Shilajit Effectiveness for Diabetes
According to the World Health Organization (WHO), the number of diabetics has risen from 108 million in 1980 to 422 million in 2014. This increase is not in a linear correlation with population increase rate as the percentage of diabetics has increased from 4.7% in 1980 to 8.5% in 2014 which is almost a double. This is very alarming as the WHO estimated that diabetes is the seventh leading cause of death in 2016. It can also result in organs damage and other consequences.
WHO also suggests that type-2 diabetes can be prevented or delayed by regular exercise, maintaining healthy weight, eating healthy diet and avoiding tobacco. In addition to following this general advice, Ayurveda along with few new studies suggest that Shilajit might be an excellent option to prevent, reduce and maybe treat diabetes.
In ancient Ayurveda, Shilajit is known to be an adaptongenic herb or what is so called RASAYAN. This means that it has the ability to revert unhealthy conditions to healthy. However, in this article, we are not relying only on traditional Ayurveda as scientific studies proved this effect of Shilajit.
In one study (1), three different doses of shilajit produced a significant reduction in blood glucose levels and also produced beneficial effects on the lipid profile. Moreover, combining shilajit with glibenclamide or metformin (diabetic medications) was able to enhance the glucose-lowering function and improve lipid profile than any of these drugs given alone. More interestingly, the hypoglycemic effect of Shilajit, at a certain dose, was significantly higher than that of metformin. In addition to lowering blood glucose, it was effective in improving lipid profile. This study concluded that Shilajit could be a promising supplement for diabetes either by itself or combined with clinical medications. However, we always suggest consulting with your doctor before choosing Shilajit as a remedy for any disease.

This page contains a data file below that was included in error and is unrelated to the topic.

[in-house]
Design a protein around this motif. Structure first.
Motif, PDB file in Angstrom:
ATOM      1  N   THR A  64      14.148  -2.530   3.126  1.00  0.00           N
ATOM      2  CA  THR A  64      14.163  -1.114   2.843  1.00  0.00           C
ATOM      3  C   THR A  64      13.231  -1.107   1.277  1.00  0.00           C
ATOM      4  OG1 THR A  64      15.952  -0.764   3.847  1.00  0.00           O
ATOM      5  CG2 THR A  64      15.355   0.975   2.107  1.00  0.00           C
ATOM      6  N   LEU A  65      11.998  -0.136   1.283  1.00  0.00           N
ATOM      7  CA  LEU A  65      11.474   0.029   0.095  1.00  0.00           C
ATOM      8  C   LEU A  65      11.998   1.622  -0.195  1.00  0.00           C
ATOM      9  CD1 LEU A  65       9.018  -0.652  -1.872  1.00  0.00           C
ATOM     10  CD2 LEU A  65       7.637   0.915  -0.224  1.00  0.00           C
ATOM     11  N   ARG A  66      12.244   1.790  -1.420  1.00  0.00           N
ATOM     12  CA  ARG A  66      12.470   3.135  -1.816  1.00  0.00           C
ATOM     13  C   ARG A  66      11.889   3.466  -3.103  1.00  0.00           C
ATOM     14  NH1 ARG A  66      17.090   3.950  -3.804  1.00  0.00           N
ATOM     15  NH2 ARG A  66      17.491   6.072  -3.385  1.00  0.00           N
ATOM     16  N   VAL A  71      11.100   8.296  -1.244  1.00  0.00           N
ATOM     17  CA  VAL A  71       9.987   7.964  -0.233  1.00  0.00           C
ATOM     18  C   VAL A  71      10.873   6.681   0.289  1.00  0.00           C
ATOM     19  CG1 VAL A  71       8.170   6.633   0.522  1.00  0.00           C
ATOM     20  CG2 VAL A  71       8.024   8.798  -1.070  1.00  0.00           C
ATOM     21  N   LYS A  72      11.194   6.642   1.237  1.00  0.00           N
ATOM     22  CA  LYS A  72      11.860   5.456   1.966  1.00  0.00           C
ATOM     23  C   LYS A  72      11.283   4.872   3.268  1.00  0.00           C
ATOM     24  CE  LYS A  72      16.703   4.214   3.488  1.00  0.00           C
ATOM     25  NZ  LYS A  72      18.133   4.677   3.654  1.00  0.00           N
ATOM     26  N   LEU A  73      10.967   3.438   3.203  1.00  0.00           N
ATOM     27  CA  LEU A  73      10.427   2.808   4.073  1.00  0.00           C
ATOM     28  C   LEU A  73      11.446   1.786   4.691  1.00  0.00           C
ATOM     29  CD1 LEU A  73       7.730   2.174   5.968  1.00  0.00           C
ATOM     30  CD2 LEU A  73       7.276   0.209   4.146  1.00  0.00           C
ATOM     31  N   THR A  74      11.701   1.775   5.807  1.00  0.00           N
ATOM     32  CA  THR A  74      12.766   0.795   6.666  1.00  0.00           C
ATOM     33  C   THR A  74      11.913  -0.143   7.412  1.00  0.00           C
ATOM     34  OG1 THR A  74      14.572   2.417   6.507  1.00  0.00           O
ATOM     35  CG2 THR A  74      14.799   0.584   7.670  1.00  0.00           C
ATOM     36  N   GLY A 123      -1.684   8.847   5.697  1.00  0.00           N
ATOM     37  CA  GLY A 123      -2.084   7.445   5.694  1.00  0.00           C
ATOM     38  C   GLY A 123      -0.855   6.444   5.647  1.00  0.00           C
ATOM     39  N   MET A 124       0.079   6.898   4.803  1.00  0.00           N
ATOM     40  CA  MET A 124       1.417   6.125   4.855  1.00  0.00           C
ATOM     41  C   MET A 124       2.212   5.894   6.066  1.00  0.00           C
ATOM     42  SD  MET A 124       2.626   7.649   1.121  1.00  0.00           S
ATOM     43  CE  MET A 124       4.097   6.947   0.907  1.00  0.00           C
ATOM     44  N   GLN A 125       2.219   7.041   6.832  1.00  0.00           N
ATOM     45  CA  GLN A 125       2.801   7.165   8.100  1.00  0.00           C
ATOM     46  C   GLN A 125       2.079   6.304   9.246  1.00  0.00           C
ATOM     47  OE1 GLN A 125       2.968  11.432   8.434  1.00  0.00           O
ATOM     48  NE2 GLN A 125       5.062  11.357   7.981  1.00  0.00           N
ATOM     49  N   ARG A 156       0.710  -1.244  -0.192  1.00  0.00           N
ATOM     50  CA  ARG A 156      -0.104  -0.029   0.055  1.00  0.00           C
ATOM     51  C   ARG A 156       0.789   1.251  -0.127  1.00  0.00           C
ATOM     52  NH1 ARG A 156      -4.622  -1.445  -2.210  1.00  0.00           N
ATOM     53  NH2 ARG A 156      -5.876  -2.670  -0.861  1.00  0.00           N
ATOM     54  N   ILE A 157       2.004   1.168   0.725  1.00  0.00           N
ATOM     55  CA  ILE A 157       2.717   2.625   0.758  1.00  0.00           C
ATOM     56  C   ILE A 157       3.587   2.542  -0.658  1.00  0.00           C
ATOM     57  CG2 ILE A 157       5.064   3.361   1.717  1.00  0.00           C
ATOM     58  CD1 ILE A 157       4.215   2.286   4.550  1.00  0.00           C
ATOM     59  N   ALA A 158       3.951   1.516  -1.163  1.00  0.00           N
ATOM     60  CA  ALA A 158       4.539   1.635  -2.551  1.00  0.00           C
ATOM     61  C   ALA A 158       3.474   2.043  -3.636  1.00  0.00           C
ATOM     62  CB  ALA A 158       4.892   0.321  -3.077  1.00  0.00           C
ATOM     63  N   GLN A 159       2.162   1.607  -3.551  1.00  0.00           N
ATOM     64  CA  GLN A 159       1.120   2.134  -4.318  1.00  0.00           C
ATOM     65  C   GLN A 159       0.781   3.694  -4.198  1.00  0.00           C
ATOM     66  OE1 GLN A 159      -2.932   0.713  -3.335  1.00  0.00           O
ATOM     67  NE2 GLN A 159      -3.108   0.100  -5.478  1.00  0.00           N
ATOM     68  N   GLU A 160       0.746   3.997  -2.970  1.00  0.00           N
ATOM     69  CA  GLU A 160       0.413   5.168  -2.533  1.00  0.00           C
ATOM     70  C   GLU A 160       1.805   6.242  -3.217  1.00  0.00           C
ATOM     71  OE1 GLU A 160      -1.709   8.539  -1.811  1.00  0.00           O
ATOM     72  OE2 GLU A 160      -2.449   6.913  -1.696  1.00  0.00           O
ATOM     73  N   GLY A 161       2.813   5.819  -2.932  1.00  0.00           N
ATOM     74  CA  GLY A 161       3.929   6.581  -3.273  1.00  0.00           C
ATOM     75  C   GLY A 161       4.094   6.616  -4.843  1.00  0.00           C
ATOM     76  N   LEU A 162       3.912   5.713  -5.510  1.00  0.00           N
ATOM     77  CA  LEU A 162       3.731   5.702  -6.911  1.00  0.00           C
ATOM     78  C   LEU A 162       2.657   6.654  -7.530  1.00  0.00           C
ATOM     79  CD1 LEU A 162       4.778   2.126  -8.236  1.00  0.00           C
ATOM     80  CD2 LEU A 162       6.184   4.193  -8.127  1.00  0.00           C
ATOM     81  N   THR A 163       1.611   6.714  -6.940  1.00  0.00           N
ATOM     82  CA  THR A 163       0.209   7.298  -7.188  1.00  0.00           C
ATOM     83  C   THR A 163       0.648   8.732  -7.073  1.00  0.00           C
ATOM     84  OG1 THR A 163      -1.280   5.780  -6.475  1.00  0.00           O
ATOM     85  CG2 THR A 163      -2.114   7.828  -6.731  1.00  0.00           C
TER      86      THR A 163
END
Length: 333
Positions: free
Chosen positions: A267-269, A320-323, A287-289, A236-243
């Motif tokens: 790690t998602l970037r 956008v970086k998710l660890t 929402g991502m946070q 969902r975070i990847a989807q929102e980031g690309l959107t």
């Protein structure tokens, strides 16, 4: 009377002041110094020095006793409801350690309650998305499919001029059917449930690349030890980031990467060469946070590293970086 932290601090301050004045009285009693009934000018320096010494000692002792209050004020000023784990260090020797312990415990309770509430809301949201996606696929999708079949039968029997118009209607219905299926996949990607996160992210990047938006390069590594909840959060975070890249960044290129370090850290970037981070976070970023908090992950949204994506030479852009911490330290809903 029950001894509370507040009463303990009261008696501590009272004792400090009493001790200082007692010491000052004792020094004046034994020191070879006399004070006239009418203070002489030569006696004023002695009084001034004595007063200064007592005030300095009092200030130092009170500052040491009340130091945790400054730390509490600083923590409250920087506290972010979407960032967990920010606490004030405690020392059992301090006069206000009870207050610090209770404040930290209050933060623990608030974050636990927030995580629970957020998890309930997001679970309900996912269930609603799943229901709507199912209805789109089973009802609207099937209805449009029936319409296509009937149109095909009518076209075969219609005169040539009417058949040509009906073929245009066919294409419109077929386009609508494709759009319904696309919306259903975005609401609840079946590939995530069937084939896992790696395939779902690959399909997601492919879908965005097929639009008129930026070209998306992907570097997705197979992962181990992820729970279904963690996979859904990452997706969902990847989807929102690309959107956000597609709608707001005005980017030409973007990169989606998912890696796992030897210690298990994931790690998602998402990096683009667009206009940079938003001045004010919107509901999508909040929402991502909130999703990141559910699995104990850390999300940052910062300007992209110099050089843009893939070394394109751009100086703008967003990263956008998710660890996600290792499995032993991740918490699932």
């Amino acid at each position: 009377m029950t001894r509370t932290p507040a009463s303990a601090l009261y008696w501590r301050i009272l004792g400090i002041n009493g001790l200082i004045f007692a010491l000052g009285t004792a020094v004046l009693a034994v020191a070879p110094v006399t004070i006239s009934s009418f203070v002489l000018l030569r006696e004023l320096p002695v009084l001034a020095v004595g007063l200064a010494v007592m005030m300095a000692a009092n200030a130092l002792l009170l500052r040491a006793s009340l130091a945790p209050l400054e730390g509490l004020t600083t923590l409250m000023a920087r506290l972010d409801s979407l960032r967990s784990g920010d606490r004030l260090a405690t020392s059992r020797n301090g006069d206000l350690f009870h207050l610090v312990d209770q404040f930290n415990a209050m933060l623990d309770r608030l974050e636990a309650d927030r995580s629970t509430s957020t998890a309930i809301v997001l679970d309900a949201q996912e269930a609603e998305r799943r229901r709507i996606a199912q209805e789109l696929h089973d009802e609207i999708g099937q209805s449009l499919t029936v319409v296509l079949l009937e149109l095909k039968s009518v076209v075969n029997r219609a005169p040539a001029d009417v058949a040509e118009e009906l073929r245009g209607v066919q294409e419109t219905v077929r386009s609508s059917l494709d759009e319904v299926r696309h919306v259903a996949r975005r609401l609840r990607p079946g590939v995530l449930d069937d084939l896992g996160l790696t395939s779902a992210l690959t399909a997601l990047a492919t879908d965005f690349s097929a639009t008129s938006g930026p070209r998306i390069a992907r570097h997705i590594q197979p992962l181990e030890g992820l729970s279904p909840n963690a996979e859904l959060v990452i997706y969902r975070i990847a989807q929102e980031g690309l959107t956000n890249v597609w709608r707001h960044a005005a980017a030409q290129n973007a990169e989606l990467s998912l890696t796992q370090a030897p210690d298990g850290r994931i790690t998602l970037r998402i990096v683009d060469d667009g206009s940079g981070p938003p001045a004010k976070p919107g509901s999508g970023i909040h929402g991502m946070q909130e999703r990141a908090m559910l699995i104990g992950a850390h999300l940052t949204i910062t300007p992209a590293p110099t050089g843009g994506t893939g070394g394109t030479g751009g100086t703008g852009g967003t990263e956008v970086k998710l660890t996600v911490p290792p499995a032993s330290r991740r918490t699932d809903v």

One major issue with diabetes is the oxidative stress which is a metabolic disorder. Oxidative stress in diabetes damages organs, including the ß-cells of the islets of Langerhans (groups of pancreatic cells secreting insulin and glucagon). Another study (2) tested the effect of consuming Shilajit on oxidative stress of 61 diabetic patients who were on unchanged dosages of glibenclamide. After consuming 500 mg of Shilajit twice a day for 30 days, the malondialdehyde (oxidative stress marker) was significantly reduced compared to pretreatment values. Moreover, catalase (enzyme that protects cells from oxidative stress damage) was increased significantly after taking Shilajit. This study concludes that Shilajit might be valuable as a supplement that can modulate diabetes status and/or prevent its complications.
A third study (3), mentioned something even more surprising. Gupta et al suggested that the number of cells in pancreas can be increasing with long Shilajit treatment. This effect is knows as pancreatotrophic action. This action might be effective in increasing the sensitivity of pancreatic cells which prompts the secretion of insulin when blood glucose increases.
These three studies can give diabetics the hope of a better health using an ancient natural remedy from the Himalayas mountains.
Before taking Shilajit for diabetes, consult with your doctor.
(1) Effect of shilajit on blood glucose and lipid profile in alloxan-induced diabetic rats
(2) Modulation of Oxidative and Antioxidative Status in Diabetes by Asphaltum Panjabinum
(3) Experimental studies on pituitary diabetes. Effects of Shilajit